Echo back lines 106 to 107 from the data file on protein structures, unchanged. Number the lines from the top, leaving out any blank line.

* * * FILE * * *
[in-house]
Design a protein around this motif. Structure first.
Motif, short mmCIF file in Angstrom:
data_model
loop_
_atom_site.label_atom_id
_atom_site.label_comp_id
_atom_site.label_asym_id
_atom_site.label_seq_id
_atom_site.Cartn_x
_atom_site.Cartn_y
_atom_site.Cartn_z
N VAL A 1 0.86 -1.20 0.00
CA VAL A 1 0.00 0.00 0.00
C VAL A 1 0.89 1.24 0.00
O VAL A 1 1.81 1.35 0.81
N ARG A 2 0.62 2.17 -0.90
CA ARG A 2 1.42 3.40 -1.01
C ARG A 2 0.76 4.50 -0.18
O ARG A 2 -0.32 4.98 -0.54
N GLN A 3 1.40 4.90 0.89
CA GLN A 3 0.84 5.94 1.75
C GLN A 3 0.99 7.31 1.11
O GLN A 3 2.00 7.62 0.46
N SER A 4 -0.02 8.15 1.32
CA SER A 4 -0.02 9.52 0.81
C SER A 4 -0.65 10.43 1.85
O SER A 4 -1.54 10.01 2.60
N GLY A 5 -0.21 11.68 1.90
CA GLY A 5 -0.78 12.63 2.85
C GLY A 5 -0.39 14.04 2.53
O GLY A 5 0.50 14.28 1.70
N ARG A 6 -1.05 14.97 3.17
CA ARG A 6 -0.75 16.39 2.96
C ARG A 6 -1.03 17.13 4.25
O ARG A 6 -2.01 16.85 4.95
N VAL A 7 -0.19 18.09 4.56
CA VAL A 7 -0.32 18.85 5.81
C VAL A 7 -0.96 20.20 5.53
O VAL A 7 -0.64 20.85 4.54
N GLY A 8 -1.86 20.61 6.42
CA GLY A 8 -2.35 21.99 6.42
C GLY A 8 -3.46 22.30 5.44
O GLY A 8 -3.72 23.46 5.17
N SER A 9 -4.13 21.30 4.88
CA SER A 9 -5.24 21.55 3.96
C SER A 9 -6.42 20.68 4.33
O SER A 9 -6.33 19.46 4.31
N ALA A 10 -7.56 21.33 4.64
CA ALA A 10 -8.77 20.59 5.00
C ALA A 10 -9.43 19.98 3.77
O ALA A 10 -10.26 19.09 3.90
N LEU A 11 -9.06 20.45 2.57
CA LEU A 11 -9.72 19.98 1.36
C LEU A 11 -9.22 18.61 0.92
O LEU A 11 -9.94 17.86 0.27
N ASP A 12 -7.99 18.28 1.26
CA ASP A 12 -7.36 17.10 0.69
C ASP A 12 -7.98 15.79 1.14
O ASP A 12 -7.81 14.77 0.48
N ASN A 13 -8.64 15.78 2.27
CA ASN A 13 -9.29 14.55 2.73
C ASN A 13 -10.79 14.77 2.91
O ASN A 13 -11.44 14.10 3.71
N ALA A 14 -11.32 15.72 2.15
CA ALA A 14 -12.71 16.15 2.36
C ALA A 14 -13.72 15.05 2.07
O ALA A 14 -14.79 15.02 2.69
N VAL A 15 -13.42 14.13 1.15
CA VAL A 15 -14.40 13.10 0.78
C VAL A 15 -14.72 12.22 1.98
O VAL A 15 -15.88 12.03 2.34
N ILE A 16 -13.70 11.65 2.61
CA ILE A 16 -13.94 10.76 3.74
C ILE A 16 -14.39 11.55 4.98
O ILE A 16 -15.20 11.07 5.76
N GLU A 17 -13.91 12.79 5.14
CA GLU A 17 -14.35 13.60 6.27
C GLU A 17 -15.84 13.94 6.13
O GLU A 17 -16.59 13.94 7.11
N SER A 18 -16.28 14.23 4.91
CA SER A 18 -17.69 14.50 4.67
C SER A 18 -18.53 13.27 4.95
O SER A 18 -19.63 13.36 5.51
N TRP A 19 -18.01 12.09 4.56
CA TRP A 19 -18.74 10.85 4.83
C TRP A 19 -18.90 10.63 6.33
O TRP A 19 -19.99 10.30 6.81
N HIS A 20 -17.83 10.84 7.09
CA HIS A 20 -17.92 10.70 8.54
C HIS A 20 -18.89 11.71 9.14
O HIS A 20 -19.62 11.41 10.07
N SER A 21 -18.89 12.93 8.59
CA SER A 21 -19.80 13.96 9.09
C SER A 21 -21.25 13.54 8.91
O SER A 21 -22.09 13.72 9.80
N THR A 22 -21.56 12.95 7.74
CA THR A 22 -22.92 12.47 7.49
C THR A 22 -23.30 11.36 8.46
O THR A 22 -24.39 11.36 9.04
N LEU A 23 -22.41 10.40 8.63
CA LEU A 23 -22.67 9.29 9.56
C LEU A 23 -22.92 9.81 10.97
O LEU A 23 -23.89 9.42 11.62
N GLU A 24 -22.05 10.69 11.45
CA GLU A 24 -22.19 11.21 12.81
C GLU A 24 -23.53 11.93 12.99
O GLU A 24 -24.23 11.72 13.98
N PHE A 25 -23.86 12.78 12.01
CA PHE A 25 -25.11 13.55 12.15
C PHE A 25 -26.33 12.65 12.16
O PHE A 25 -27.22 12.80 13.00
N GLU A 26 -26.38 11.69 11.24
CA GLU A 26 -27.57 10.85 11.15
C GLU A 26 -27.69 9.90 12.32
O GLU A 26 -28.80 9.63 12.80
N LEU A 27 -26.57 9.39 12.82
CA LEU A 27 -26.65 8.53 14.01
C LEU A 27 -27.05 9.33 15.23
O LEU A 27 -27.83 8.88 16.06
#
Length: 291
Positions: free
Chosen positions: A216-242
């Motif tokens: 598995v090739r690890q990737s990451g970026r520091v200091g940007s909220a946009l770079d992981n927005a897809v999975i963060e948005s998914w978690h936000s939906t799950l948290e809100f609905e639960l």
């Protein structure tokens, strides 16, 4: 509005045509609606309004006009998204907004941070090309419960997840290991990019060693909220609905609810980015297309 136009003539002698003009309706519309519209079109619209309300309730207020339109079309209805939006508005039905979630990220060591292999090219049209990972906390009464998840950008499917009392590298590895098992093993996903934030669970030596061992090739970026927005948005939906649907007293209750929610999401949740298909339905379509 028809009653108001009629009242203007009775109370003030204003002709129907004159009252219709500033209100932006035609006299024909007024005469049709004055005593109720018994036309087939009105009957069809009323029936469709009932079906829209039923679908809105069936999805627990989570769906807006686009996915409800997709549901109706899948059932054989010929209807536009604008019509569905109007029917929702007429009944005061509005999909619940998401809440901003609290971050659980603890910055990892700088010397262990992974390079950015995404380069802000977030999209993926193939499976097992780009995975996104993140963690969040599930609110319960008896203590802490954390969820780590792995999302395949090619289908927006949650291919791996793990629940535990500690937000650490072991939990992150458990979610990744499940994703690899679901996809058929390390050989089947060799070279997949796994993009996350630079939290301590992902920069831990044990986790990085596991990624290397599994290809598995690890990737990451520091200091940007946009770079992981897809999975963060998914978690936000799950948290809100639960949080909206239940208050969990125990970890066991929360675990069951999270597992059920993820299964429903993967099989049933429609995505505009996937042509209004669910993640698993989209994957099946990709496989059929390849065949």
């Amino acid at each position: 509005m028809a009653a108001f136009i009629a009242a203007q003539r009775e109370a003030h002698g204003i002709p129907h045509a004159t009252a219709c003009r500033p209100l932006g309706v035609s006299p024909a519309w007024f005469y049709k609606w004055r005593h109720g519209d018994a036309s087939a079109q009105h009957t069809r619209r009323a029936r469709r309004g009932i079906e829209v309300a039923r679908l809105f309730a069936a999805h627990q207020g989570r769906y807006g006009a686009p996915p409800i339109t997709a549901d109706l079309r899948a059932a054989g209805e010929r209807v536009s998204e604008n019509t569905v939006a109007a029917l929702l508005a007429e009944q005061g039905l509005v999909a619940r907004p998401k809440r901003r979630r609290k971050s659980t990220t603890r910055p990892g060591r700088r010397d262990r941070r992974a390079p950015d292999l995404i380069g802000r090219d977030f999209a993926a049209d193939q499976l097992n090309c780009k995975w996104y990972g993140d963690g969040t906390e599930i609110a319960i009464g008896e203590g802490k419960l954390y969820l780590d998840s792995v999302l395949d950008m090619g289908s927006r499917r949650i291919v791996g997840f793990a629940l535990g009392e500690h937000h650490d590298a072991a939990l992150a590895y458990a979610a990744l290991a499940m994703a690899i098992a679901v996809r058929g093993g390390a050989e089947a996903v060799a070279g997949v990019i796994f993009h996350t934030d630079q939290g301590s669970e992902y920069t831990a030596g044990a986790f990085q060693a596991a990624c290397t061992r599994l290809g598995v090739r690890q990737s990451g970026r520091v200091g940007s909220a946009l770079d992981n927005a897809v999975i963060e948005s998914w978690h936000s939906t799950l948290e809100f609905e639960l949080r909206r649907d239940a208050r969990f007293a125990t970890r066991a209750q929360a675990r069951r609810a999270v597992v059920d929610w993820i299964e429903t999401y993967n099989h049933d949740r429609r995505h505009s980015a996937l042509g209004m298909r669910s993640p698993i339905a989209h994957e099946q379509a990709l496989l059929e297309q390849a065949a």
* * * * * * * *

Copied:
CA GLU A 24 -22.19 11.21 12.81
C GLU A 24 -23.53 11.93 12.99